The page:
Elon M.Ed. mini grant projects empower education in Alamance County

The Office of Graduate Admissions has introduced Master's of Education Mini Grant projects to transform educational experiences in four classrooms within Alamance County.

In the heart of Alamance County, a spirit of innovation and community collaboration has been thriving, thanks to the implementation of the Elon University Master’s of Education (M.Ed.) Mini Grant projects. These initiatives, sponsored by the Office of Graduate Admissions, have brought forth transformative educational experiences in four local schools, fostering a deeper connection between students, educators, and the world around them.

The primary aim of the Elon M.Ed. Mini Grant is two-fold: advance the values upheld by Elon’s M.Ed. program, including place-based education, project-based learning, social justice in the classroom and to raise awareness of its mission within Alamance County. With grants of up to $1,200 awarded to each selected school, educators were empowered to turn their visionary ideas into tangible reality, enriching the educational landscape of their classrooms and communities.

Rickeya Jones, North Graham Elementary – Student Identity Forum

At North Graham Elementary, Rickeya Jones ignited conversations around identity and belonging through the creation of a Student Identity Forum. This inclusive space provides fourth and fifth-grade students with a platform to explore diverse perspectives, fostering empathy and understanding. With grant funds allocated for books, art supplies and games, Jones has cultivated a nurturing environment where students engage in meaningful dialogue, journaling and artistic expression, empowering them to embrace their unique identities.

Susan Anderson, The Hawbridge School – Low Tunnel Garden System

Horticulture High School honors students at The Hawbridge School learned how to bend the conduit around the hoop bender to make hoops to cover the garden with plastic. This project taught the students how to grow food under cover in North Carolina for year-round harvest.

In the verdant grounds of The Hawbridge School, Susan Anderson envisioned a hands-on learning experience that extends beyond the classroom walls. The implementation of low-tunnel garden systems at both the lower and upper schools has provided students with the opportunity to cultivate not only plants but also a deeper understanding of sustainability and food production. These gardens serve as living laboratories, enriching curriculum across all subjects and nurturing a sense of environmental stewardship among students.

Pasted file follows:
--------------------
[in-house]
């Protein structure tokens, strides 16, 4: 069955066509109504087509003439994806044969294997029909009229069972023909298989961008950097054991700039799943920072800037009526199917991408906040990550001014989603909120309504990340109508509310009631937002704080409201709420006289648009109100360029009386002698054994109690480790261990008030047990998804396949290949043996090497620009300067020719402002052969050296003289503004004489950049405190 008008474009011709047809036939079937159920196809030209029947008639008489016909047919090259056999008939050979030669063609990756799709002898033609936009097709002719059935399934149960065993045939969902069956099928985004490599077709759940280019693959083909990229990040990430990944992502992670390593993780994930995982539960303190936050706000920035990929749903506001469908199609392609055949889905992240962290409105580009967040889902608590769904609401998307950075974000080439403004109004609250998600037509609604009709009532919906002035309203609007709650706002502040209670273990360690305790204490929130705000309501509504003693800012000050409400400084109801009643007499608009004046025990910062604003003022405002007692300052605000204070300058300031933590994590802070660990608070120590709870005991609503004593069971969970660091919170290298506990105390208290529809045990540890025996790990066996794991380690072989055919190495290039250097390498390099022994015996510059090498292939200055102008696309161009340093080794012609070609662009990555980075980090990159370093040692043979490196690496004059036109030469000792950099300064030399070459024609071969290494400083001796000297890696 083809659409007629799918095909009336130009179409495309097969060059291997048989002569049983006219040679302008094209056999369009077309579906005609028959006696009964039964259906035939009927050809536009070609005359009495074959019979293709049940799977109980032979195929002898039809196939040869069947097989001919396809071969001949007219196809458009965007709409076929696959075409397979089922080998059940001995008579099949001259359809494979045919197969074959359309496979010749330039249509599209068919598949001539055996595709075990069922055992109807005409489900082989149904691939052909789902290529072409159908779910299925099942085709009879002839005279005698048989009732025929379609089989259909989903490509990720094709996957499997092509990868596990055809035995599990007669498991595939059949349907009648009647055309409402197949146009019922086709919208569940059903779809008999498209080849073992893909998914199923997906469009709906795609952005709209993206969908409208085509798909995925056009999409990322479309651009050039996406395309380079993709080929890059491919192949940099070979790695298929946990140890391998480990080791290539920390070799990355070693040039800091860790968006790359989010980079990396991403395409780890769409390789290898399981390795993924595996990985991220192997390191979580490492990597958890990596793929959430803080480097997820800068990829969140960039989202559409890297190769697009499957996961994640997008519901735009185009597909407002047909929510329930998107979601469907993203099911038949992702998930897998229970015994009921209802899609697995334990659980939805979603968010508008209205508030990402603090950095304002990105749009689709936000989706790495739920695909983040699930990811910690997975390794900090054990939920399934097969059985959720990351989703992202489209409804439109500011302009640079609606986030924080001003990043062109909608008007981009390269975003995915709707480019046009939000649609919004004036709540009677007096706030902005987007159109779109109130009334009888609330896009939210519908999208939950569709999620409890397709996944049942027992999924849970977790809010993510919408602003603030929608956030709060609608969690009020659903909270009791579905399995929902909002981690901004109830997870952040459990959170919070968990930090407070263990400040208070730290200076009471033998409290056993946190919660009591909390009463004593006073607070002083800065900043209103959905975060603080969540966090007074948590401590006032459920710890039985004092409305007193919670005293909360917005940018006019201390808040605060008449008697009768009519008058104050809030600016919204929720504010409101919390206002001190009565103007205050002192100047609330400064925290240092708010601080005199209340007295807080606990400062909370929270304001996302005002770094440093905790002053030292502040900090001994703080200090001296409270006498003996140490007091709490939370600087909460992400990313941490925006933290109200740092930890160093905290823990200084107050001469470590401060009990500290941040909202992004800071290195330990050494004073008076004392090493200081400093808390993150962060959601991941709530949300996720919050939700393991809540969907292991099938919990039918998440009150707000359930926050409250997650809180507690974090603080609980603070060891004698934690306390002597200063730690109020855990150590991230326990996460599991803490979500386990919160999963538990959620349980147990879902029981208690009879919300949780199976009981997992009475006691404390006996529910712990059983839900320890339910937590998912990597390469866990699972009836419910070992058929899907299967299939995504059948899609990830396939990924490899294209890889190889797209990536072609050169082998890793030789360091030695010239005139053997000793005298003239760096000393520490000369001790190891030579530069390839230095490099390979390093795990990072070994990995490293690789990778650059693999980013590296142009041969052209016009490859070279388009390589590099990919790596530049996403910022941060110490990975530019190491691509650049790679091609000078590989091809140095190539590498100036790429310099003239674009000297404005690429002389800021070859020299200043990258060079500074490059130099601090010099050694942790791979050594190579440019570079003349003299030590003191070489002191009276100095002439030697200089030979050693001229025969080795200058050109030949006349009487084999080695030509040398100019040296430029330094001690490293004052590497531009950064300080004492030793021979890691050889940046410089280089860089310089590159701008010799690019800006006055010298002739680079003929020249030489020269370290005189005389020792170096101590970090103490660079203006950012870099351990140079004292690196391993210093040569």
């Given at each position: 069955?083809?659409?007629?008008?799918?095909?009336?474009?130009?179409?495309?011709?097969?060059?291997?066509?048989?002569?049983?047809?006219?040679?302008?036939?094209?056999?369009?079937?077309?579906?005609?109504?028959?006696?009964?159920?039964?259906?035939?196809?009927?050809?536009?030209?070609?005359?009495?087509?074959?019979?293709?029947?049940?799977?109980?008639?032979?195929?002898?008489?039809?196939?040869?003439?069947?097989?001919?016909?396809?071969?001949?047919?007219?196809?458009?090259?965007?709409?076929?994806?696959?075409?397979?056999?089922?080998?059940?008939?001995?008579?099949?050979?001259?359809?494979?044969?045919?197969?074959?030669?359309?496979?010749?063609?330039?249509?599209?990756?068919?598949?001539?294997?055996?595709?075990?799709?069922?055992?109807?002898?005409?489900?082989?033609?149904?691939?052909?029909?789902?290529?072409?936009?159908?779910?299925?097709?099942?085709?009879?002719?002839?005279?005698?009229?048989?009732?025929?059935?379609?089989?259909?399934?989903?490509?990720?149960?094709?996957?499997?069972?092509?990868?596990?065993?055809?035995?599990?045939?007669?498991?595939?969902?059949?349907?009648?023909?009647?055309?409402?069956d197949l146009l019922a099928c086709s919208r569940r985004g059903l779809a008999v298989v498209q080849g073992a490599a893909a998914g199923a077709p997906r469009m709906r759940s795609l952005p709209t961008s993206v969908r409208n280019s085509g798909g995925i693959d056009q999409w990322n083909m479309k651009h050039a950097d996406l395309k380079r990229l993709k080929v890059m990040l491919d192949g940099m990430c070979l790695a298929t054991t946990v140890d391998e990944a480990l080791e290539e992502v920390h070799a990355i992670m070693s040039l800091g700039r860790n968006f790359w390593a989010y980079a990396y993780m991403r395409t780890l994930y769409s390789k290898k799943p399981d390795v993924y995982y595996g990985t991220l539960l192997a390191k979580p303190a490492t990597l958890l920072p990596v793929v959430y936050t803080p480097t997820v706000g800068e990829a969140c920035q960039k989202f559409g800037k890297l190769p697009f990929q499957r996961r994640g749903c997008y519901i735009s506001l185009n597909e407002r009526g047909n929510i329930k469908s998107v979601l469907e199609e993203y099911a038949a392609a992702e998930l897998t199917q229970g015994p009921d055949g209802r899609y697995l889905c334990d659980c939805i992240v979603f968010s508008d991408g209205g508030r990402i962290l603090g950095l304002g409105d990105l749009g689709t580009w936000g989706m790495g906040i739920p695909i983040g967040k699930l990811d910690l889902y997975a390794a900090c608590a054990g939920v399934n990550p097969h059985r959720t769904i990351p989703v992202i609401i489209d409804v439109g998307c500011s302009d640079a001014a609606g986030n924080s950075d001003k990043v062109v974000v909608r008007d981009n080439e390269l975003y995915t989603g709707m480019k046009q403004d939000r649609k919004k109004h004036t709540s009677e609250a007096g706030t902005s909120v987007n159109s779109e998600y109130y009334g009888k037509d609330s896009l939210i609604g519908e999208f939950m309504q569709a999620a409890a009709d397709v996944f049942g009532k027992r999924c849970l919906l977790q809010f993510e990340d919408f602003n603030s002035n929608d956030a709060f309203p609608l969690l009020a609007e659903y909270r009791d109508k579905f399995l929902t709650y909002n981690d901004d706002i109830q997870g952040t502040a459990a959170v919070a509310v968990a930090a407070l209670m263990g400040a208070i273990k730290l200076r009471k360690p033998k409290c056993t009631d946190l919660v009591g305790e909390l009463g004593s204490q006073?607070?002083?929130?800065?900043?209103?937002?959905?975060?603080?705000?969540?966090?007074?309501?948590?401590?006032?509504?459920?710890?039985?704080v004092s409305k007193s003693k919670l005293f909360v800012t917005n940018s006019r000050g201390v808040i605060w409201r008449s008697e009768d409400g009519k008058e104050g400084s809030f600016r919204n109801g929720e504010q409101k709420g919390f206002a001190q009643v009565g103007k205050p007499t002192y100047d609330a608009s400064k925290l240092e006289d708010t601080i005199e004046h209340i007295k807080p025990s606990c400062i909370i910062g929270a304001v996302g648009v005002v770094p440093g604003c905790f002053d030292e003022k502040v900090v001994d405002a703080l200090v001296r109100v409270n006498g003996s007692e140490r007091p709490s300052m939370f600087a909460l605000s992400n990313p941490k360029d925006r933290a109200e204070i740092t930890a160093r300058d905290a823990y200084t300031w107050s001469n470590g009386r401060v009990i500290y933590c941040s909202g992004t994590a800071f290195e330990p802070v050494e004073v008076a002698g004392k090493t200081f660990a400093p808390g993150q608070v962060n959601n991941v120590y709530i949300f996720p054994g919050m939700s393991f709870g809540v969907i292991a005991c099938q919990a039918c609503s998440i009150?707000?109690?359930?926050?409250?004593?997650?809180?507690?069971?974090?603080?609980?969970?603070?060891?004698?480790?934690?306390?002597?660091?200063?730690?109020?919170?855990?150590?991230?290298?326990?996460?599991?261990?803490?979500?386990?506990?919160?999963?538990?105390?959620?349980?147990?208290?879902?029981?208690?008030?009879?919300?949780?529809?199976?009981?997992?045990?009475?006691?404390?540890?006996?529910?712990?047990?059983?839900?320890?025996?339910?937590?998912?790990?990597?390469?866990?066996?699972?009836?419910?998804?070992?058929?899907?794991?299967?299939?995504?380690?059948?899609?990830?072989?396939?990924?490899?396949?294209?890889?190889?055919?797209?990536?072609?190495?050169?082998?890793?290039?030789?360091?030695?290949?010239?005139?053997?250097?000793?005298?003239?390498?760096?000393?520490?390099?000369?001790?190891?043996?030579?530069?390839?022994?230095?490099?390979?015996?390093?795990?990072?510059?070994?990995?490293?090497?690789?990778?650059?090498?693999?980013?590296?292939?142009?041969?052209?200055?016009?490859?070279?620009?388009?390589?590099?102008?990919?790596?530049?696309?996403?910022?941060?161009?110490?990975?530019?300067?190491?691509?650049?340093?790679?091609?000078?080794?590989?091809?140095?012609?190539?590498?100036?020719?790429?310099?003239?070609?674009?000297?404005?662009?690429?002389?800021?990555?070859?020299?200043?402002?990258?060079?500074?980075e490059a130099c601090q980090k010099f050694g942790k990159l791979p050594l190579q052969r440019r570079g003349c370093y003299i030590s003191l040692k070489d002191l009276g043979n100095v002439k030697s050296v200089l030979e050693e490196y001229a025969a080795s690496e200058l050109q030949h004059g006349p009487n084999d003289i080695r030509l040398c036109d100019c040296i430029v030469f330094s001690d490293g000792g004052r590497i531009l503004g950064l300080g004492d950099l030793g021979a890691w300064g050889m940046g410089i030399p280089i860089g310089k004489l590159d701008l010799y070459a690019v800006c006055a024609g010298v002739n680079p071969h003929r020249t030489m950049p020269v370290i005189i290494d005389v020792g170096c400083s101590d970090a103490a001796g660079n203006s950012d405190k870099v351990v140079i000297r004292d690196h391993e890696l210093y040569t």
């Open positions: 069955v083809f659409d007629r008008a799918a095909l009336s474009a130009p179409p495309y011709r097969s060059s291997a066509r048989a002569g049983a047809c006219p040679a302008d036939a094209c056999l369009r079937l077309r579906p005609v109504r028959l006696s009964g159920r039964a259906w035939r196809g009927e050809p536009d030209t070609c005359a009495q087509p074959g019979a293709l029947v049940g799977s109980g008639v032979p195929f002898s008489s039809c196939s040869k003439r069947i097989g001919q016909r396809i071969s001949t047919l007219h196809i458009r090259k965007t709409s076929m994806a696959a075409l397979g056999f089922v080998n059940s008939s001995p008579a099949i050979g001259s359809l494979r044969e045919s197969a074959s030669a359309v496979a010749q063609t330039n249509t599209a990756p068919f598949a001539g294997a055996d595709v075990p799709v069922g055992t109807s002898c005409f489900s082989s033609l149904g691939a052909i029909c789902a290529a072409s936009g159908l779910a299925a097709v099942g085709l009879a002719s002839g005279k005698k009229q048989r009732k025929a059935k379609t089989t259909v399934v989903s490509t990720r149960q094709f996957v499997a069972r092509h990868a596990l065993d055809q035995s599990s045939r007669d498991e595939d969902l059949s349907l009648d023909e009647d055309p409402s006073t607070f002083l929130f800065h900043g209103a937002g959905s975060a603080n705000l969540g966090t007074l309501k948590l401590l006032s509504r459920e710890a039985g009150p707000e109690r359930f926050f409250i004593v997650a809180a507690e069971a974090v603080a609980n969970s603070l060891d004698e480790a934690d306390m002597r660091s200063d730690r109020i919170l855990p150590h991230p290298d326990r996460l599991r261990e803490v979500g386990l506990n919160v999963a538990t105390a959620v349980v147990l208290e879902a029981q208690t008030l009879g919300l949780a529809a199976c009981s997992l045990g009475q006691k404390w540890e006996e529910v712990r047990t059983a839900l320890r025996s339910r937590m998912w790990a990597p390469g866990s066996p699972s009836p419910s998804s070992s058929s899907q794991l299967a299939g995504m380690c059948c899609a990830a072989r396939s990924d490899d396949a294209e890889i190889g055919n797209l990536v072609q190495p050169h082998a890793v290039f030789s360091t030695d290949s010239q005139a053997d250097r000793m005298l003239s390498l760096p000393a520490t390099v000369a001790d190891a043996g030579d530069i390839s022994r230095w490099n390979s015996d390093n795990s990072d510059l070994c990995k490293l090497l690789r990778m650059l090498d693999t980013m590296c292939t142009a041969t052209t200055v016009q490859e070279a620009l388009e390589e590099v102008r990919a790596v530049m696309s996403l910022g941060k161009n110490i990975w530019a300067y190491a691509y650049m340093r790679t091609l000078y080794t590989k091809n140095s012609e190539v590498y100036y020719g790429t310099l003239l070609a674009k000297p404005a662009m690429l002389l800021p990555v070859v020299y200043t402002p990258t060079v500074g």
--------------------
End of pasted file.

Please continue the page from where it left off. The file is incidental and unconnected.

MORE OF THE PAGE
“We had a great season of learning and the low tunnels, shovels and row coverings helped us achieve these experiences,” said Anderson. “The students learned that even compact soil can grow a few things, protecting crops from chilly temperatures by covering, helps them live through a frost, and they learned that wind can get so strong that even sandbags won’t keep the row cover on.┬áThe middle school horticulture classes have observed the high school students working with the low tunnels. Many of them are eager to take high school honors horticulture now that they’ve seen what can be done!”

Cindy Gittens & Kellie Stubblefield, Alamance Community School Food Pantry

Cindy Gittens and Kellie Stubblefield embarked on a mission to address food insecurity and support families in need within the Alamance Community School. Through their Food Pantry program, they offer essential resources and assistance to families, including weekend food bags, classroom breakfast items, school supplies and clothing donations. By fostering a culture of care and compassion, the Food Pantry is not only nourishing bodies but also nurturing a sense of community and belonging within their school.

“The mini-grant projects have allowed us to serve over 30 families in need by sending home weekly meal backpacks throughout the school year,” says Stubblefield.

Ashley Reynolds-Bowers, Walter M. Williams High School – Bones for Bulldogs

Bones for Bulldogs is a hands-on practical learning experience for students with disabilities offered through Williams High School

Ashley Reynolds-Bowers embarked on a journey of empowerment and skill-building at Walter M. Williams High School with the “Bones for Bulldogs” project. Through the creation of a dog treat enterprise, students with disabilities are gaining hands-on experience in baking, entrepreneurship and communication skills. By selling their homemade treats to the community, these students are not only raising funds for their classroom but also cultivating a sense of pride, independence, and purpose.

“We have had a blast making and selling our biscuits and the real-world knowledge they have gained cannot be taught from a book! It has been an amazing and truly transformative experience for our class,” said Reynolds-Bowers.

The impact of these Elon M.Ed. Mini Grant projects transcend the boundaries of the classroom. The Office of Graduate Admissions will initiate another iteration of the Elon M.Ed. Mini Grant project with the intent of expanding their reach to additional educational institutions.